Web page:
Spring break. Those ever-elusive seven days that allow Utah students to fulfill daydreams of escaping the snow and soupy air in favor of sunshine and bikinis for some, and the warm comfort of home for others. As the long-anticipated break creeps slowly closer, let’s indulge in some beach tunes to keep our insanity at bay.

“Surfin’ USA,” the second studio album by the Beach Boys, has been argued as the best collection put out by the band in its entire recording history. According to Richie Unterberger of allmusic.com, they came across here as “a band that played most of their instruments, rather than a vehicle for [frontman] Brian Wilson’s ideas.” That unity shows in the harmonies and themes of the record, and can be tracked by listeners. Desperation for summer is something most of us can all agree on, is it not?

The first track on the record is perhaps the quintessential Beach Boys track, “Surfin’ USA,” played in nearly every teen beach movie from 1963 on. The song encompasses the classic sound of the Beach Boys, as well as the tone of the majority of their beach-age work. After the psychedelic period is another story, but as far as those early innocent years, this song is an excellent representation. That classic falsetto harmony is polished in this track, setting that unforgettable style into stone.

“Farmer’s Daughter” invites every teen girl living away from the coasts to swoon into the beach party. The track keeps those surf-styled guitar riffs, but adds even more crooning harmony for the ladies. It is not the best track on the album by any means, but it undoubtedly had many a fan squealing in concerts.

Next, “Misirilou” confirms that instrumental notion mentioned by Unterberger. “Misirilou” shows off the guitar solo skills of the band members, because it is entirely devoted to the instrumentals. The song also boasts a bit more of an Eastern influence than the intensely west coast beach beginner tracks.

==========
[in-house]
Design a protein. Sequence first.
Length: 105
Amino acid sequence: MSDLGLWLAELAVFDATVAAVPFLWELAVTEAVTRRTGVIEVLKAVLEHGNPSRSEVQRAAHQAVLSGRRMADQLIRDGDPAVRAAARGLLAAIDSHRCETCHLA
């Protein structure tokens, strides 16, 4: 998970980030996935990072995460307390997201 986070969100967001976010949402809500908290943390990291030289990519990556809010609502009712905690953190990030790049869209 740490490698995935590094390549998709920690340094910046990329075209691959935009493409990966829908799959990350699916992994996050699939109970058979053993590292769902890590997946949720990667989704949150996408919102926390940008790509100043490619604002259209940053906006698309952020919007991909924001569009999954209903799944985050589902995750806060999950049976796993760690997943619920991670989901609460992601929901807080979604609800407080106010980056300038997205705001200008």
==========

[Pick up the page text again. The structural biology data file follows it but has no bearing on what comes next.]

“Stoked” has a similar goal as “Misirlou” to showcase the musical skill of the band. However, this track has an entirely different mood. High-energy and fun-filled, this track caters a bit more to the party-feel associated with Beach Boys.

An entirely new sound is developed in “The Lonely Sea.” With more of a ballad style, this track sounds almost like it could fit in on a Jefferson Airplane album. The familiar harmonizing is still present, but the poetic and emotional singing by the lead vocalist brings not only a new, more haunting sound to the song, but also a new tone to the album as a whole.

The pace picks right back up with “Shut Down.” Happy-go-lucky and with that characteristic surface-level subject matter, this track about a sports car brings us right back to chasing spring break adventures.

On the album’s B-Side, the theme is fairly consistent, for the most part.

“Noble Surfer” tells the story of the knight in shining armor of the beach town. This track does have a fun new addition of bell interludes to spice up the rarely changing style of the Beach Boys’ sound. Rather than a guitar solo, this new addition highlights the reference to the “nobility” of the surfer.

A more blues-jazz riff style emerges in “Honky Tonk,” which is fitting for the track title. The song actually sounds exactly how I would expect a song with that name to play out. I can’t quite put my finger on why, but even without lyrics, the band was able to tell an excellent story through this track.